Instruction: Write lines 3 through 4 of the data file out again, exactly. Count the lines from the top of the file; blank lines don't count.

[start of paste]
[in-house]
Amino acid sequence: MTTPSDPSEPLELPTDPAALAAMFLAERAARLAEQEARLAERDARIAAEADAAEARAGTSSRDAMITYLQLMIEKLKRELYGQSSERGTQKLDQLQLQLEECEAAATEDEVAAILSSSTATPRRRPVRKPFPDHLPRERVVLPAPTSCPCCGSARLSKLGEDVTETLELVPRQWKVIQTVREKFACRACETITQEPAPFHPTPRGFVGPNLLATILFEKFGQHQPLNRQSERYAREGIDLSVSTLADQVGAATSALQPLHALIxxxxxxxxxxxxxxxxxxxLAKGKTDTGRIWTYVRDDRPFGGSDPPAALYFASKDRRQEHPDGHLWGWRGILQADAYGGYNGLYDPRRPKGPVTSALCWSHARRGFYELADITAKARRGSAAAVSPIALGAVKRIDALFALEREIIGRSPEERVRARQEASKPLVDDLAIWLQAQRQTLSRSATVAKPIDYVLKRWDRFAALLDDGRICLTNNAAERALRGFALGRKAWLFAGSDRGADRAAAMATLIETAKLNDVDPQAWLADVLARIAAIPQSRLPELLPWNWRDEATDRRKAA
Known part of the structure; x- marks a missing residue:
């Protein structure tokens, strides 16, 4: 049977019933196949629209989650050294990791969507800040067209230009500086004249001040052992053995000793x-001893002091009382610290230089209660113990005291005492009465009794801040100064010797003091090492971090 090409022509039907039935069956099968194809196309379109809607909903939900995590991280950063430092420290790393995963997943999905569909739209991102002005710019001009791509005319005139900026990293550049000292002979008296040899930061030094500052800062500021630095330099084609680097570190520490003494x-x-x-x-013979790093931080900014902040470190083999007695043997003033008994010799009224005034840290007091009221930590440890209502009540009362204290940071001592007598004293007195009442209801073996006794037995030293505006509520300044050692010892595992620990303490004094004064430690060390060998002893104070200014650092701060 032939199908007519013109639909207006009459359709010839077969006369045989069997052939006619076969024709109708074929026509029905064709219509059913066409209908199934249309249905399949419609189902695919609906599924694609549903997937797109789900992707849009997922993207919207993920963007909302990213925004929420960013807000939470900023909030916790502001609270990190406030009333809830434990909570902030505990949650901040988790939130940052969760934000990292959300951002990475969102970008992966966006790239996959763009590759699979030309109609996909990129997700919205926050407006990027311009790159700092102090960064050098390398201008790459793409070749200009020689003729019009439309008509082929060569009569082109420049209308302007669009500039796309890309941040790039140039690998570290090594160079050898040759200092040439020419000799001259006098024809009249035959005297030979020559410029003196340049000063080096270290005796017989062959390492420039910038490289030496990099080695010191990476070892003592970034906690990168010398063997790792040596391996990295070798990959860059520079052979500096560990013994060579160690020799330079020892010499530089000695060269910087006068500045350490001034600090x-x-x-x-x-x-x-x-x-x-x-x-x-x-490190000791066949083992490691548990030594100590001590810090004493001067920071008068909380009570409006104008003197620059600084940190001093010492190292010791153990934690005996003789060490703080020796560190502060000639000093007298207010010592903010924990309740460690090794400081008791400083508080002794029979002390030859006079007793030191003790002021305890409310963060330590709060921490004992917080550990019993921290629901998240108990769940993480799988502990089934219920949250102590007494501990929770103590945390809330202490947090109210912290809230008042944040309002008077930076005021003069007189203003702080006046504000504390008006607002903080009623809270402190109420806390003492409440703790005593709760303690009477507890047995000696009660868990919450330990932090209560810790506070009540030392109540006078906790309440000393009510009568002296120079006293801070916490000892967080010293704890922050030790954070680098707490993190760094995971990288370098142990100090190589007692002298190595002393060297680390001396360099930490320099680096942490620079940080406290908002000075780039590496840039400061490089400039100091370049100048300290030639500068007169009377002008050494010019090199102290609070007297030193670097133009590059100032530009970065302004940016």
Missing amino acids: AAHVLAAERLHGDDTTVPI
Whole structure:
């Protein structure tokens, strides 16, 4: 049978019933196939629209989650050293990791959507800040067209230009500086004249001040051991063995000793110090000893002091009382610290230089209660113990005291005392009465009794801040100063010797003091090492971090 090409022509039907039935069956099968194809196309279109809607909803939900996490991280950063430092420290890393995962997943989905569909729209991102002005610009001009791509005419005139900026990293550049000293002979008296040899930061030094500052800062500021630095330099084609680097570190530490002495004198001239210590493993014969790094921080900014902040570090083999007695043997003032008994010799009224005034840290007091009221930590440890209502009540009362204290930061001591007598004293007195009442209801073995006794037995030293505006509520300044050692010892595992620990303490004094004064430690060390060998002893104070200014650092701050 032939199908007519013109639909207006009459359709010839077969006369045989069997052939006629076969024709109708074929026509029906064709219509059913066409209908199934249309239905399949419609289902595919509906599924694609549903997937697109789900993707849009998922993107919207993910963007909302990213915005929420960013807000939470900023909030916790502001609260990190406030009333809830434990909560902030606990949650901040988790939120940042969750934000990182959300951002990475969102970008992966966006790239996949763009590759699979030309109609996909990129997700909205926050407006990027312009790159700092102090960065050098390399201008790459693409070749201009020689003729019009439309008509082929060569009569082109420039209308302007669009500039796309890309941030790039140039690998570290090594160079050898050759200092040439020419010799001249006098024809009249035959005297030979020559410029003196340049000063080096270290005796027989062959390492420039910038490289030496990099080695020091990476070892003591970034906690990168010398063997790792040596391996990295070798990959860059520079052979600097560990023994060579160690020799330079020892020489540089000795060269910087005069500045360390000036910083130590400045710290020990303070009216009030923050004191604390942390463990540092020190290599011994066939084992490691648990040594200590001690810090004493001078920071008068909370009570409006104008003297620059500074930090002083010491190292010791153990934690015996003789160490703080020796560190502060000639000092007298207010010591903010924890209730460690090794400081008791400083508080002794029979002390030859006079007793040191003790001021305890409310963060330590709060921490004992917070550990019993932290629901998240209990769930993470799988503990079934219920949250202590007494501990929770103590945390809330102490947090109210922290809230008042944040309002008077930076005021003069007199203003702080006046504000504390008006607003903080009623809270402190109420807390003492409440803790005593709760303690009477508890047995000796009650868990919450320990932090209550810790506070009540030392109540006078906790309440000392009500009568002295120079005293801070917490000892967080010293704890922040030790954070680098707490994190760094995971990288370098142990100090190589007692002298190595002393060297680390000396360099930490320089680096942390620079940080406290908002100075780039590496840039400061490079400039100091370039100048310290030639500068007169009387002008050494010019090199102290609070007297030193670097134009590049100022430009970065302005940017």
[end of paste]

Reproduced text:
Known part of the structure; x- marks a missing residue:
């Protein structure tokens, strides 16, 4: 049977019933196949629209989650050294990791969507800040067209230009500086004249001040052992053995000793x-001893002091009382610290230089209660113990005291005492009465009794801040100064010797003091090492971090 090409022509039907039935069956099968194809196309379109809607909903939900995590991280950063430092420290790393995963997943999905569909739209991102002005710019001009791509005319005139900026990293550049000292002979008296040899930061030094500052800062500021630095330099084609680097570190520490003494x-x-x-x-013979790093931080900014902040470190083999007695043997003033008994010799009224005034840290007091009221930590440890209502009540009362204290940071001592007598004293007195009442209801073996006794037995030293505006509520300044050692010892595992620990303490004094004064430690060390060998002893104070200014650092701060 032939199908007519013109639909207006009459359709010839077969006369045989069997052939006619076969024709109708074929026509029905064709219509059913066409209908199934249309249905399949419609189902695919609906599924694609549903997937797109789900992707849009997922993207919207993920963007909302990213925004929420960013807000939470900023909030916790502001609270990190406030009333809830434990909570902030505990949650901040988790939130940052969760934000990292959300951002990475969102970008992966966006790239996959763009590759699979030309109609996909990129997700919205926050407006990027311009790159700092102090960064050098390398201008790459793409070749200009020689003729019009439309008509082929060569009569082109420049209308302007669009500039796309890309941040790039140039690998570290090594160079050898040759200092040439020419000799001259006098024809009249035959005297030979020559410029003196340049000063080096270290005796017989062959390492420039910038490289030496990099080695010191990476070892003592970034906690990168010398063997790792040596391996990295070798990959860059520079052979500096560990013994060579160690020799330079020892010499530089000695060269910087006068500045350490001034600090x-x-x-x-x-x-x-x-x-x-x-x-x-x-490190000791066949083992490691548990030594100590001590810090004493001067920071008068909380009570409006104008003197620059600084940190001093010492190292010791153990934690005996003789060490703080020796560190502060000639000093007298207010010592903010924990309740460690090794400081008791400083508080002794029979002390030859006079007793030191003790002021305890409310963060330590709060921490004992917080550990019993921290629901998240108990769940993480799988502990089934219920949250102590007494501990929770103590945390809330202490947090109210912290809230008042944040309002008077930076005021003069007189203003702080006046504000504390008006607002903080009623809270402190109420806390003492409440703790005593709760303690009477507890047995000696009660868990919450330990932090209560810790506070009540030392109540006078906790309440000393009510009568002296120079006293801070916490000892967080010293704890922050030790954070680098707490993190760094995971990288370098142990100090190589007692002298190595002393060297680390001396360099930490320099680096942490620079940080406290908002000075780039590496840039400061490089400039100091370049100048300290030639500068007169009377002008050494010019090199102290609070007297030193670097133009590059100032530009970065302004940016």